6 2. Basic notions of representation theory
A nonzero representation V of A is said to be irreducible if its
only subrepresentations are 0 and V itself, and it is said to be inde-
composable if it cannot be written as a direct sum of two nonzero
subrepresentations. Obviously, irreducible implies indecomposable,
but not vice versa.
Typical problems of representation theory are as follows:
(1) Classify irreducible representations of a given algebra A.
(2) Classify indecomposable representations of A.
(3) Do (1) and (2) restricting to finite dimensional representa-
tions.
As mentioned above, the algebra A is often given to us by gener-
ators and relations. For example, the universal enveloping algebra U
of the Lie algebra sl(2) is generated by h, e, f with defining relations
(2.1.1) he eh = 2e, hf fh = −2f, ef fe = h.
This means that the problem of finding, say, N-dimensional represen-
tations of A reduces to solving a bunch of nonlinear algebraic equa-
tions with respect to a bunch of unknown N ×N matrices, for example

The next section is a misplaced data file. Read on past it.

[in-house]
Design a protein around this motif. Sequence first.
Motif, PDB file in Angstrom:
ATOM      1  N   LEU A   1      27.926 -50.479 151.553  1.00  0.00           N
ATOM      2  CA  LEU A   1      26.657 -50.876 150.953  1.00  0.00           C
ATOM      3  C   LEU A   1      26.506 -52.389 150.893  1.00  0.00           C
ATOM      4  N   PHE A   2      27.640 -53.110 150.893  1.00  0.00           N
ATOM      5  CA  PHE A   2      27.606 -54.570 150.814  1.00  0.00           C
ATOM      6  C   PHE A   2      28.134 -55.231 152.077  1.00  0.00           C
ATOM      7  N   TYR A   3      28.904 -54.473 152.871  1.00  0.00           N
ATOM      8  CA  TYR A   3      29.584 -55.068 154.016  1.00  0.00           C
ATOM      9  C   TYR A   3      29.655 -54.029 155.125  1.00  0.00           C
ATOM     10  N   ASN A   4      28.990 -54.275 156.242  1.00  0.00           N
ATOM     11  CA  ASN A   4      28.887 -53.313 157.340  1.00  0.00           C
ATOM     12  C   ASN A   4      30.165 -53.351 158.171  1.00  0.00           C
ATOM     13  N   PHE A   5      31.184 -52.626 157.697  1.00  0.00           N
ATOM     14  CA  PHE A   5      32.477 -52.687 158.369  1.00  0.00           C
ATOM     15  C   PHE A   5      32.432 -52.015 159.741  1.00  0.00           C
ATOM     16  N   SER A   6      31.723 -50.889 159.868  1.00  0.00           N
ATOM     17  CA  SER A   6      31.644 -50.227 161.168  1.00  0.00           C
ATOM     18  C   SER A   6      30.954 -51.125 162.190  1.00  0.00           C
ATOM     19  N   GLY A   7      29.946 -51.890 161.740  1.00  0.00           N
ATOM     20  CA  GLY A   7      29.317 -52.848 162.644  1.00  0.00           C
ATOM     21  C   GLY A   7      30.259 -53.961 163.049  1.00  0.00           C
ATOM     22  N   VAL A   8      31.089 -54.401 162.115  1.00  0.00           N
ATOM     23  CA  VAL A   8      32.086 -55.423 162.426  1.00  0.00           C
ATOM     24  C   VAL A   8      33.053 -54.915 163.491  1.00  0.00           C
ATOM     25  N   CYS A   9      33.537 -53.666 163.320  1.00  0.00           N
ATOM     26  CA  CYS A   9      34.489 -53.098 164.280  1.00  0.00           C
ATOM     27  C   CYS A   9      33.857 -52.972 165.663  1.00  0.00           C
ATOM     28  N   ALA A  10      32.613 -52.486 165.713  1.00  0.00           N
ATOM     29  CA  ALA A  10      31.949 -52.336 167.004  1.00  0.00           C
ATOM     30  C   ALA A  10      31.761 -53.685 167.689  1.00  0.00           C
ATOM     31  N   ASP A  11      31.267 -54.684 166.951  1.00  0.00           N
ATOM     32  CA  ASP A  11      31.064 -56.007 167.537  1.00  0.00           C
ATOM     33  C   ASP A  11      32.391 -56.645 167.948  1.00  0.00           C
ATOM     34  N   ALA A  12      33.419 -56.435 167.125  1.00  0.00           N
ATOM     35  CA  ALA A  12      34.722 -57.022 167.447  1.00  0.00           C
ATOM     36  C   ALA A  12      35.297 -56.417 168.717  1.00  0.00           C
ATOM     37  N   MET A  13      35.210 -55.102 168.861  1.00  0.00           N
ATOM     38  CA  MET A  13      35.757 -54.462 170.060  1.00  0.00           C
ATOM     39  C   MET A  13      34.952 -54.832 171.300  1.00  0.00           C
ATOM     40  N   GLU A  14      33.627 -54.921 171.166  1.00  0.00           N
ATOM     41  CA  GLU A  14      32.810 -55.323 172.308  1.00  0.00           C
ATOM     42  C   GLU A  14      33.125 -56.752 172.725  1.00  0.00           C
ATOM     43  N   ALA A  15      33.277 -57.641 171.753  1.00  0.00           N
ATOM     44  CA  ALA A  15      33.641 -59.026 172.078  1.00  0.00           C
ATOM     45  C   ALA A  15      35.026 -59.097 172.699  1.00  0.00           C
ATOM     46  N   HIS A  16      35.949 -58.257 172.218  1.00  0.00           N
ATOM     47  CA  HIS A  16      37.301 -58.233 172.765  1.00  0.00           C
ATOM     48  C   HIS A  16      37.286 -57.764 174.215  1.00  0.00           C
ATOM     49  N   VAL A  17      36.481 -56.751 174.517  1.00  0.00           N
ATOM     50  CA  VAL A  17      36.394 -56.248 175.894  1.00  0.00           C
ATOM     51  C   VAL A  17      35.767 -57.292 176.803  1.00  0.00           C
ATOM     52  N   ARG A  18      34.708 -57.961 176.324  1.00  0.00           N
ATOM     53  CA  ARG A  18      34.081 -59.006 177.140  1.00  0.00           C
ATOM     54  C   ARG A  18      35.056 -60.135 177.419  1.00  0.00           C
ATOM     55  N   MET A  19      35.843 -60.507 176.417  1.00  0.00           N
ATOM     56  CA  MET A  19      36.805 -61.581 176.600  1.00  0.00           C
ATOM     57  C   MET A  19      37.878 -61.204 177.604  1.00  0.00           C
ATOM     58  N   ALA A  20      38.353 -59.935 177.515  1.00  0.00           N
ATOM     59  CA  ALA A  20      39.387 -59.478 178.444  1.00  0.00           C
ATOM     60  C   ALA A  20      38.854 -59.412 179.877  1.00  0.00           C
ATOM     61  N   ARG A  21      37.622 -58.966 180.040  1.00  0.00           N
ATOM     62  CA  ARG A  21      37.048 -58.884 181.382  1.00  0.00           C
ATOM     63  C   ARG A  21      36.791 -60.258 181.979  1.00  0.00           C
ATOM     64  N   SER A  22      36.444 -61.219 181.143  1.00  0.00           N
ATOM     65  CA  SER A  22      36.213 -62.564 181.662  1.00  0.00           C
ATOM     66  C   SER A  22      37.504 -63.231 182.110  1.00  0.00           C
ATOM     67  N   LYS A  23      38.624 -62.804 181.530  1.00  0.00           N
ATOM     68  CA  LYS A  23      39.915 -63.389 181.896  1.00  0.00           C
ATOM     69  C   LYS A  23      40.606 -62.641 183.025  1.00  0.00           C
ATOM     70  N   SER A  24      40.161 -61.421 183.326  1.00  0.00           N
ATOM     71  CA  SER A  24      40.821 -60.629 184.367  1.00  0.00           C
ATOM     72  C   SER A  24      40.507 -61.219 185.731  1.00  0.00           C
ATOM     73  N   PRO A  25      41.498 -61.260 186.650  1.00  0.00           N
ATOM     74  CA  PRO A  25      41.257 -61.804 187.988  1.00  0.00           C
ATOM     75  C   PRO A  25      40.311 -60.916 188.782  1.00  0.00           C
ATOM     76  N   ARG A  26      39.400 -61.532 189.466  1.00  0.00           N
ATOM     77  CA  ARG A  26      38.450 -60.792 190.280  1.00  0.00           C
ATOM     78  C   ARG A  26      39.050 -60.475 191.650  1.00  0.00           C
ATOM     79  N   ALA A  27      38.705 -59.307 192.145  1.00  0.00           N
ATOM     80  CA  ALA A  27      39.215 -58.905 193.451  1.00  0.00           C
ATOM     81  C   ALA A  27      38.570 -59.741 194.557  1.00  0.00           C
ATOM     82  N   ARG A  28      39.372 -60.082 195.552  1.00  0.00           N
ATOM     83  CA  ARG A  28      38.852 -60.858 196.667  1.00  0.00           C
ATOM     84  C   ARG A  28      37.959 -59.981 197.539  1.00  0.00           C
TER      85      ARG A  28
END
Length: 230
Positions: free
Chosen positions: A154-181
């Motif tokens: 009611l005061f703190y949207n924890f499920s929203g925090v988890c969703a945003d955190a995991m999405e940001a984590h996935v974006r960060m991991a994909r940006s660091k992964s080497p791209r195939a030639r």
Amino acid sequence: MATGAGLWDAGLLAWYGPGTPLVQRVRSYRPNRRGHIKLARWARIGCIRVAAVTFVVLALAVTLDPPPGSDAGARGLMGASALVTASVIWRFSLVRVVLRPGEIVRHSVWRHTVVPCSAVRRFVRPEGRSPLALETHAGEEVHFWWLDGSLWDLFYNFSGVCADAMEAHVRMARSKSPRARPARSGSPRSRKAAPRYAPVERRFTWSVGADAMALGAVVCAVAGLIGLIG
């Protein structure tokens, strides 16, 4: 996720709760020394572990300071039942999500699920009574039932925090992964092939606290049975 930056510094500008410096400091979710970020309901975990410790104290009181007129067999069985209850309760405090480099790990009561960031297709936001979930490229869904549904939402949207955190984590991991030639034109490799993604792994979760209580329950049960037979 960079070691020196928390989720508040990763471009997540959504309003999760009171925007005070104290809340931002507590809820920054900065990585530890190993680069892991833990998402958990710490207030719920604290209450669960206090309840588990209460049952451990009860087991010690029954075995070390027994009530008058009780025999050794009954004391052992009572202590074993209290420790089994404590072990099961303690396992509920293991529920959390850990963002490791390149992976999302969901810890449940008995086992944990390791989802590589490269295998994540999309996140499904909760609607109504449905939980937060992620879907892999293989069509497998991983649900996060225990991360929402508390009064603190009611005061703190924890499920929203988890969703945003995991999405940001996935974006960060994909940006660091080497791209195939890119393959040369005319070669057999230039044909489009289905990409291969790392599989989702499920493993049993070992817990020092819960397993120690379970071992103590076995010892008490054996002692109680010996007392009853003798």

system (2.1.1) with respect to unknown matrices h, e, f.
It is really striking that such, at first glance hopelessly compli-
cated, systems of equations can in fact be solved completely by meth-
ods of representation theory! For example, we will prove the following
theorem.
Theorem 2.1.1. Let k = C be the field of complex numbers. Then:
(i) The algebra U has exactly one irreducible representation Vd of
each dimension, up to equivalence; this representation is realized in
the space of homogeneous polynomials of two variables x, y of degree
d 1 and is defined by the formulas
ρ(h) = x

∂x
y

∂y
, ρ(e) = x

∂y
, ρ(f) = y

∂x
.
(ii) Any indecomposable finite dimensional representation of U is
irreducible. That is, any finite dimensional representation of U is a
direct sum of irreducible representations.
As another example consider the representation theory of quivers.
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